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Screenshot of ipconfig /all output in Windows XP

In computing, ipconfig (internet protocol configuration) in Microsoft Windows is a console application that displays all current TCP/IP network configuration values and can modify Dynamic Host Configuration Protocol DHCP and Domain Name System DNS settings.[1]

In most cases, the ipconfig command is used with the command-line switch /all. This results in more detailed information than ipconfig alone.

Forced release and renew[edit]

An important additional feature of ipconfig is to allow system admins to force refreshing of the DHCP IP address of the host computer to request a different IP address. This is done using two commands in sequence. First, ipconfig /release is executed to force the client to immediately give up its lease by sending the server a DHCP release notification which updates the server's status information and marks the old client's IP address as "Available". Then, the command ipconfig /renew is executed to request a new IP address.[2][3] Where a computer is connected to a cable or DSL modem, it may have to be plugged directly into the modem network port to bypass the router, before using ipconfig /release and turning off the power for a period of time, to ensure that the old IP address is taken by another computer.[4]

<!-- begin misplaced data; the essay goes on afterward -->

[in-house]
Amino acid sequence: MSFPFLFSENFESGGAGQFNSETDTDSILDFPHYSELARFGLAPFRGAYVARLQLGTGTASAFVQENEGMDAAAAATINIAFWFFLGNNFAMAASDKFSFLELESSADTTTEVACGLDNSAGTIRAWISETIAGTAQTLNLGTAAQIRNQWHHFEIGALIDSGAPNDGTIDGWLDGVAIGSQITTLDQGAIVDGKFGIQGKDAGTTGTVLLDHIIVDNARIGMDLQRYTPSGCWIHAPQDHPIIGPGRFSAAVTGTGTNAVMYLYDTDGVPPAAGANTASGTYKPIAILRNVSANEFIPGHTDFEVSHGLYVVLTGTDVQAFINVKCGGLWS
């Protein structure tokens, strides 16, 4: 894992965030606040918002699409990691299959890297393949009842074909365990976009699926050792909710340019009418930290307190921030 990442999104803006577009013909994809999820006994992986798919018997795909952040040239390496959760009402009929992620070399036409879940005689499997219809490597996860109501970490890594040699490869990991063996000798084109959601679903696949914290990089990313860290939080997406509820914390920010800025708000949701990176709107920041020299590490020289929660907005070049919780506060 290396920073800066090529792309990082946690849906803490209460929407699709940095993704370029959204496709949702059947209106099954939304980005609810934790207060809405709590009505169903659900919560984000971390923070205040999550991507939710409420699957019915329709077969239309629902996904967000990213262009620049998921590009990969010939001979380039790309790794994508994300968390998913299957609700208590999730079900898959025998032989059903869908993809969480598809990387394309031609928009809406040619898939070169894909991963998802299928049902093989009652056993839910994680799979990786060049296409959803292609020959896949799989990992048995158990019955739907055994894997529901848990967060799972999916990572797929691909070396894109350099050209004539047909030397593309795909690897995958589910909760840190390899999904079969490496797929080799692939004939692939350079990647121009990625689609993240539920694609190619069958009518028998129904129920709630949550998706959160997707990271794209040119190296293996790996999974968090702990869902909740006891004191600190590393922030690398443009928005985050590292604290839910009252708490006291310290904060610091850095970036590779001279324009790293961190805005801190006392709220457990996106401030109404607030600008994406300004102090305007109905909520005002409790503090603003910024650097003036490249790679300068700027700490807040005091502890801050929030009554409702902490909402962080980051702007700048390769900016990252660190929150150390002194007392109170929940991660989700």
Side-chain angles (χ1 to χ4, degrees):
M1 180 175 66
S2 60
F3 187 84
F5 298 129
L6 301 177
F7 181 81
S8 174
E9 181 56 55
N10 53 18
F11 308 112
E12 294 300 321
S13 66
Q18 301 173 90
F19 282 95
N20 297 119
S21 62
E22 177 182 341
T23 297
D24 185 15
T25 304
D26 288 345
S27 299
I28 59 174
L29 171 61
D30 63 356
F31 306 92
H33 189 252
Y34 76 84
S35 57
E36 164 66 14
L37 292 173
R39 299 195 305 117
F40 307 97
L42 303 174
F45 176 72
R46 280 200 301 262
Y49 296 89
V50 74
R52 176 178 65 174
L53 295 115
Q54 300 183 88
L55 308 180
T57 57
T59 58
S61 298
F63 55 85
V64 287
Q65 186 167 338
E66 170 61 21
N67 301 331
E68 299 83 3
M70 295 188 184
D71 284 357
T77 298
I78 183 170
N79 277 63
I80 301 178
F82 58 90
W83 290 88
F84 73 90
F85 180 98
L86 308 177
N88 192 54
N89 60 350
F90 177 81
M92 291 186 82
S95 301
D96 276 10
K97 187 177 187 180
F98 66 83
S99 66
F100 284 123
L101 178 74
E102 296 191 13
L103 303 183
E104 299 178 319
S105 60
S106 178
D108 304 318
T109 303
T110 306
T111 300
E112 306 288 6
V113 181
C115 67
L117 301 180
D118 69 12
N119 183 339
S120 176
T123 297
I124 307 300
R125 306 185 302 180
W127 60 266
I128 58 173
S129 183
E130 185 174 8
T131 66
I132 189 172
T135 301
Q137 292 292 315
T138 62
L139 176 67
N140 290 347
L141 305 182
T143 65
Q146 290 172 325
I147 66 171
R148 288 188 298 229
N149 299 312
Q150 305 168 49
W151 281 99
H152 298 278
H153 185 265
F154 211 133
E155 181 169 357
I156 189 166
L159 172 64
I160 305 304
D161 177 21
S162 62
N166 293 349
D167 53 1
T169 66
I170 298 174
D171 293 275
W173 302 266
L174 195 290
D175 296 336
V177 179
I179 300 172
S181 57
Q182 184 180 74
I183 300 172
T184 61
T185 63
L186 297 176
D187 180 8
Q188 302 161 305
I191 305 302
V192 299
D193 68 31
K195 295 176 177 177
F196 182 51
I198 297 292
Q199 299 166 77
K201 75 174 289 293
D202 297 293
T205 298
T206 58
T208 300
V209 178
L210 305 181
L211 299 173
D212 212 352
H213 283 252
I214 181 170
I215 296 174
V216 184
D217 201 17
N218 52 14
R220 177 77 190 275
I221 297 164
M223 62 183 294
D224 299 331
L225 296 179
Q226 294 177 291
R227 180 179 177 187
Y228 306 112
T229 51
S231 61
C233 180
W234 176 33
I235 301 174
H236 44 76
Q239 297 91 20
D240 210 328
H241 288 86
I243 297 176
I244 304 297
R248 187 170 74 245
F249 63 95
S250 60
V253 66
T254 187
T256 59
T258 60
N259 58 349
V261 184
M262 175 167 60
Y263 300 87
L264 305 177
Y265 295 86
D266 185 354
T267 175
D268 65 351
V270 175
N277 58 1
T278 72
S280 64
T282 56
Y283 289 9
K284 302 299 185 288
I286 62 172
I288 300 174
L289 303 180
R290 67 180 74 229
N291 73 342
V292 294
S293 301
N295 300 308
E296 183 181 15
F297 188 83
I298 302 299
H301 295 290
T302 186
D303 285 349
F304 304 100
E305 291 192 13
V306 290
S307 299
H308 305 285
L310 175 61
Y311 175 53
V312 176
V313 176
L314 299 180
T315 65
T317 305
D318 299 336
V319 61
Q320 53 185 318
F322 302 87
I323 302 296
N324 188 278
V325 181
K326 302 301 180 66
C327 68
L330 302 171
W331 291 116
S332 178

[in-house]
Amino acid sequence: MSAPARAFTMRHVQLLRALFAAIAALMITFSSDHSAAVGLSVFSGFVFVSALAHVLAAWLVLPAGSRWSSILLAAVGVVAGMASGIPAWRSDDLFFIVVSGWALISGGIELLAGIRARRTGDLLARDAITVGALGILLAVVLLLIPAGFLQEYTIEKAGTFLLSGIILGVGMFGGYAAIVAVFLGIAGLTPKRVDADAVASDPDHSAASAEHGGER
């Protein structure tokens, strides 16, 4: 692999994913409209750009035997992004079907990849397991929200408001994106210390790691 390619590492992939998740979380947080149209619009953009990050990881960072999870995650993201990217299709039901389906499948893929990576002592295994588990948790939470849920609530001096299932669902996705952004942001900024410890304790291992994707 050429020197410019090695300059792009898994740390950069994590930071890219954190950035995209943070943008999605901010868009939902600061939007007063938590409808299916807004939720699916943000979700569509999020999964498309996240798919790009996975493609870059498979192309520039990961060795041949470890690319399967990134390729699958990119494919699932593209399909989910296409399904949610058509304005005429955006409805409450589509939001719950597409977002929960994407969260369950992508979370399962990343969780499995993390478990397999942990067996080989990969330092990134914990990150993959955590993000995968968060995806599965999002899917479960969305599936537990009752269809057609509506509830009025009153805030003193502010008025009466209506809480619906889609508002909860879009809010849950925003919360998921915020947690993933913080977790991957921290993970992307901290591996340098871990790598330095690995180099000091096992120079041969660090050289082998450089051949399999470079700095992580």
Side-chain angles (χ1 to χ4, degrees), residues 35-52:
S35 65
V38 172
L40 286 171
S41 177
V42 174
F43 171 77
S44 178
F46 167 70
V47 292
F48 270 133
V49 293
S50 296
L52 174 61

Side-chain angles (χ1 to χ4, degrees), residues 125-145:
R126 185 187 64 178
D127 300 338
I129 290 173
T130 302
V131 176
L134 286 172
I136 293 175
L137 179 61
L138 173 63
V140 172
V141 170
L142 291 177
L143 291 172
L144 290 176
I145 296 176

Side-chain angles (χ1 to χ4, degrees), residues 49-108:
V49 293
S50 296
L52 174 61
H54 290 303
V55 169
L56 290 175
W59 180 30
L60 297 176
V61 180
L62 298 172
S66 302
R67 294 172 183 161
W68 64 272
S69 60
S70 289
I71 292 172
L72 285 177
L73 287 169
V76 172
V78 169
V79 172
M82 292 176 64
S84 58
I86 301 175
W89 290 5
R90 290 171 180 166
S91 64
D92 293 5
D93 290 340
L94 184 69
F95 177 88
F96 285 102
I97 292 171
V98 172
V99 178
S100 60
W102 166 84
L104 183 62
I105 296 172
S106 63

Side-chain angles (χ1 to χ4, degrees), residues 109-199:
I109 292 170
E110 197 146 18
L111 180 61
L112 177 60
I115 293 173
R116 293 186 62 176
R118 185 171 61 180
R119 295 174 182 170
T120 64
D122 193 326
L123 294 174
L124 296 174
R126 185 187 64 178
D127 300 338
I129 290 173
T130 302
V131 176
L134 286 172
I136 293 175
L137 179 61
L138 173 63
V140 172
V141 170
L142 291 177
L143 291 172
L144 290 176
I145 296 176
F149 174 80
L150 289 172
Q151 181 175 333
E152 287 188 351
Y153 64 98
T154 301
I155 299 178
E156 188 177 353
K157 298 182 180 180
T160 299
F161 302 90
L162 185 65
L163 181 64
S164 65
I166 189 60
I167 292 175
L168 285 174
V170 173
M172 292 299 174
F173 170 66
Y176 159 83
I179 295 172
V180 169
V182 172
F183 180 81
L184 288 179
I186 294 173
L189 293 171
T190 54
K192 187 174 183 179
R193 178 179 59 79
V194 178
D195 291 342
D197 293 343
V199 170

There are situations where the /release and /renew commands are not sufficient. The /flushdns command can be used to clear the Domain Name System (DNS) cache so that the connection is reset [5]

For ISP's that don't allow a user to request a new IP address using ipconfig /release and /renew, a good alternative is to use a DD-WRT hardware router setup with a VPN service. With this setup it's possible to get a new VPN IP address simply by cycling the power on the router.

Mac OS X ipconfig[edit]

ipconfig in Mac OS X serves as a wrapper to the IPConfiguration agent, and can be used to control the BootP and DHCP client from the command line interface.[6] Like most UNIX-based operating systems, Mac OS X also uses ifconfig for more direct control over network interfaces, such as configuring static IP addresses.

See also[edit]


External links[edit]